Classroom Economy: Understanding Credit and Debit

Merchant Warehouse |

January 31, 2012

Merchant Warehouse has been an innovator in the merchant services industry since 1998, building our reputation by educating and empowering the business owners that put their trust in us for their payment processing needs. With our Resource Center we hope to expand our offerings and look to develop informational and educational resources on a vareity of topics concering commerce and credit, looking at not only the environments of the present day but also the history and future of these subjects. The following is an article developed for students and teachers on better understanding credit and debit in today's world.

Classroom Economy: Understanding Credit and Debit

Students learning about the economy can greatly benefit from classroom activities and lessons that promote responsibility and encourage student success. A classroom economy gives students the tools needed for a general understanding of how the real world works. Students can take part in job creation and availability, earn money for items or obtain special privileges, are given responsibilities in which they will need to budget their money, and learn valuable concepts, such as supply and demand. Creating a classroom economy gives students the opportunity to make smart economic decisions and realize the consequences of those decisions. Learn more about establishing a classroom economy, what tools are needed, and how to get students motivated to succeed.


Determine how students will earn money in their classroom economy. Teachers can decide to give students individual “jobs” or separate students into groups to form various types of businesses. If the students will be performing individual jobs, create job postings that list a description of the job, as well as the salary that it will earn. Conduct interviews to give students a glimpse of how the real world works when job searching. If the students are separated into businesses, have each group brainstorm a concept based on the law of supply and demand. Have each business market their product or service idea to the rest of the class. Ensure that all prices and earnings are realistic, according to the range of money supply in the classroom.


Create guidelines that will tell students what privileges they can get with the money they have earned. Student privileges can vary, depending on the age of the children participating in the classroom economy. Younger students can spend money on small items, such as pens, pencils, or colorful erasers. Students may also be able to earn several extra minutes at recess time or a few extra points on a homework assignment. Match up a dollar amount to each privilege and ensure that the students understand that they must earn money to receive these privileges or gifts.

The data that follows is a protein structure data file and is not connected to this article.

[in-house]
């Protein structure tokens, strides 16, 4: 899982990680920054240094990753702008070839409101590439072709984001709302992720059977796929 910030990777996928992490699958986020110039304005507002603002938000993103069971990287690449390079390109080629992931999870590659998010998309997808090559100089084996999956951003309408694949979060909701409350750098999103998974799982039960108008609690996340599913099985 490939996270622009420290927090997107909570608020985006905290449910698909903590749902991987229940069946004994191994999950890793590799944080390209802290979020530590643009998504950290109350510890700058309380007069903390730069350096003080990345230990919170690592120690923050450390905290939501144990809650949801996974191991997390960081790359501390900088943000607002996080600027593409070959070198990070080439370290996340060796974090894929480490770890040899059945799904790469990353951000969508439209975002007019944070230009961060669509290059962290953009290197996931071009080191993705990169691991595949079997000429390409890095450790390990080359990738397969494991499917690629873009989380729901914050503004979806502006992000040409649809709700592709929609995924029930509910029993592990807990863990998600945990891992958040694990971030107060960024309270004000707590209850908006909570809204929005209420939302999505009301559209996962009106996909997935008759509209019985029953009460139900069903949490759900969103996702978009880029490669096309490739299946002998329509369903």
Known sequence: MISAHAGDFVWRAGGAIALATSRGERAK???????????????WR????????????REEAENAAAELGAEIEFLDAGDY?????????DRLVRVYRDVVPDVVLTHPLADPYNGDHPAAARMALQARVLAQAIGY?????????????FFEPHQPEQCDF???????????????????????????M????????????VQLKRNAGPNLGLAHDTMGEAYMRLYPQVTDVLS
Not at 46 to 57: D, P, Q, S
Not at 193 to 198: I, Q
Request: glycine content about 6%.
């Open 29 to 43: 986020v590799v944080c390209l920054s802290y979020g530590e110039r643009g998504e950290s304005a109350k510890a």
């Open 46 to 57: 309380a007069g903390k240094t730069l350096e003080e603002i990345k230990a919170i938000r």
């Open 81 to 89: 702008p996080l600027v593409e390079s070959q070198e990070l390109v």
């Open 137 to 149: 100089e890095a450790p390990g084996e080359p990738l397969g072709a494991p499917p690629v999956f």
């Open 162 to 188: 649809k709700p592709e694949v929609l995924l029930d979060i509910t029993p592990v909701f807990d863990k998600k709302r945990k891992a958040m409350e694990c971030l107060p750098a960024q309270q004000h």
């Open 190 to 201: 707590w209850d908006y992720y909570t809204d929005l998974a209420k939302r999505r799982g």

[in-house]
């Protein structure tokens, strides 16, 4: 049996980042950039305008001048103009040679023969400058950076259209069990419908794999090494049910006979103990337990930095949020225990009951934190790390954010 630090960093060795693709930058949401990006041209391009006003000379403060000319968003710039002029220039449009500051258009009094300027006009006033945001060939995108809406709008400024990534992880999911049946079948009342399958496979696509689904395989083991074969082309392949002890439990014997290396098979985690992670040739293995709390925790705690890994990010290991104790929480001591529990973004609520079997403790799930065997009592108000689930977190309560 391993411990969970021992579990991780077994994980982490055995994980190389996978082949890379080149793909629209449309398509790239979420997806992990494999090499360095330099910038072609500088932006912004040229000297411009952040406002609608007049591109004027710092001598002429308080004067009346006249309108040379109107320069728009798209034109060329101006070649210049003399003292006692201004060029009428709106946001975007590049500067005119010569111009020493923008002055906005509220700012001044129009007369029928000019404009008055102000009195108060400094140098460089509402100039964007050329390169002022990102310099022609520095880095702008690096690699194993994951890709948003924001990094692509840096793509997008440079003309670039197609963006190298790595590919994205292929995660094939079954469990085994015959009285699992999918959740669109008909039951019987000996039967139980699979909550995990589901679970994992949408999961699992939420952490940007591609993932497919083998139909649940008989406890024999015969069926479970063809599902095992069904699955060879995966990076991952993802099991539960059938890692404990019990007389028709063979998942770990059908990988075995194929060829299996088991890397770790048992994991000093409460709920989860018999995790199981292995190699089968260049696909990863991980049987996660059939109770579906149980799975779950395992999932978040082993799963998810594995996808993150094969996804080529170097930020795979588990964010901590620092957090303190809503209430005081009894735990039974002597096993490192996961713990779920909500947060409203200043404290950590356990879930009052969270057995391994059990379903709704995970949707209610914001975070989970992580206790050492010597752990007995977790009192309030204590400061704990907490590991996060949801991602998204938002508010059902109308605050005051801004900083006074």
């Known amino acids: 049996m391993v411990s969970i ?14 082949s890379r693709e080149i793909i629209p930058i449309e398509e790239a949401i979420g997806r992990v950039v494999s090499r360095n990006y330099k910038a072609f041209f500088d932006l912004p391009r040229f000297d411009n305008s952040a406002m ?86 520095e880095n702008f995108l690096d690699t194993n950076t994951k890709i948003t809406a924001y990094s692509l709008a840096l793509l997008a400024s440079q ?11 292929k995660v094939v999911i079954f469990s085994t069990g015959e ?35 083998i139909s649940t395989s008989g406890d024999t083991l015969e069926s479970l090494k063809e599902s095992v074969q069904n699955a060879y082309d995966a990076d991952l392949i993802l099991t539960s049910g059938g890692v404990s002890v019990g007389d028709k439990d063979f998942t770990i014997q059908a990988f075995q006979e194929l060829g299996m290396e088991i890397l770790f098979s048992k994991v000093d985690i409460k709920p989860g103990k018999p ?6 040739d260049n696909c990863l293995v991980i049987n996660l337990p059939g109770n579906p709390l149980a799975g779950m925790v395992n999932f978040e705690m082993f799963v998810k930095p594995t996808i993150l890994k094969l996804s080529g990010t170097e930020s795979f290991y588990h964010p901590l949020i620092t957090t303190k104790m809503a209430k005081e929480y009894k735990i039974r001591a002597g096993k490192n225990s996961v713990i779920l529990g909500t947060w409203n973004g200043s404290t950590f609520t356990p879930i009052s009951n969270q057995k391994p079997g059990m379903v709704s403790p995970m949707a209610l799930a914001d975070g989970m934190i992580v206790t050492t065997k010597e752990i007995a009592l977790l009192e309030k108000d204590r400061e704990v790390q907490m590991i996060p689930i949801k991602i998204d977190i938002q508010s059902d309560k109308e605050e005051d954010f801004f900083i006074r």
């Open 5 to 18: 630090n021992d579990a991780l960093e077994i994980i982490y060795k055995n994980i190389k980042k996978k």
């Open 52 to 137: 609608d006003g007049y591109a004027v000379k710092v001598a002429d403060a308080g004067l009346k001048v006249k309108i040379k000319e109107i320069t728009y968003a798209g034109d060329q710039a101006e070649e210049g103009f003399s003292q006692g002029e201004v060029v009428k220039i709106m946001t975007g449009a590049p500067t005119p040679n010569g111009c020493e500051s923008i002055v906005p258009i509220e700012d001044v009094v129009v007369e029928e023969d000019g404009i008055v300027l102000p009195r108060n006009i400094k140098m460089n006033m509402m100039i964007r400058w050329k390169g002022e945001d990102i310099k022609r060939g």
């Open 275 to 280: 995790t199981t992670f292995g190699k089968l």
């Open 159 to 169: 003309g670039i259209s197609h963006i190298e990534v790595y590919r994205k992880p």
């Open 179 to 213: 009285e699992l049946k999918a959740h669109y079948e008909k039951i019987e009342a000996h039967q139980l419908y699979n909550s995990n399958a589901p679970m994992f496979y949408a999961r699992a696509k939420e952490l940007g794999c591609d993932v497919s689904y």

Each student will play an important role in how the economy grows. Assign students important jobs that will be able to interact with other jobs in society. One or two students should take on the responsibility of the banker. This student will keep record of withdrawals and deposits for the entire class. One student can be assigned the job of an economist. This person is responsible for studying the behavior of student shoppers, as well as keeping track each week of how much other students make and spend. Other ideas for classroom jobs include behavior patrol, reporter, librarian, equipment manager, computer tech, homework helper, and paper passer.


Decide how items that are for sale in the classroom will be disbursed to students. For example, items may be sold to students with money through public auctions or by set prices in the classroom store. Ensure that prices are realistic, compared to other classroom businesses and job salaries. Auctions can start out low and students can decide what they may be willing to pay for a certain item, depending on the amount of money they have earned.


Have students design classroom money. Create money of different colors that will represent different amounts of money, which should also be printed on the money itself. Small items, such as washers, nuts, screws, or bolts, can be used for change. Student money does not have to represent American dollars. Have the students create their own name for their currency. Money should stand for amounts that will make it simple to give and receive change for items and services.


Students will be given certain responsibilities that require the understanding of how money and budgeting works. Each student will have to pay a certain amount each month for rent. The teacher can decide on other required debits and credits to assign students. Create a payday each week and show students how to deposit and withdraw money from their account. Teach students how to properly fill out and use a ledger sheet. Allow students to earn extra money in multiple ways, such as by displaying great citizenship skills or by helping other students. Create a list of fines that will deduct money from a student’s account for various reasons, such as for missing homework or supplies, for being tardy or for rudeness.


Review concepts with students to help them better understand economics. Discuss the concept of taxes, what they are, and how they are used. Explain that each person who receives a paycheck must pay out taxes to the state and federal governments. In reality, taxes would be taken out of their wages in each paycheck. Further discuss the concept of supply and demand. Explain that the products that they sell or the services they provide are known as “goods,” and the purchasers of the products create a “demand.” At the close of the classroom economy unit, talk with students about their losses and profits, as well as their income, expenses and their experience as professionals in their field of work.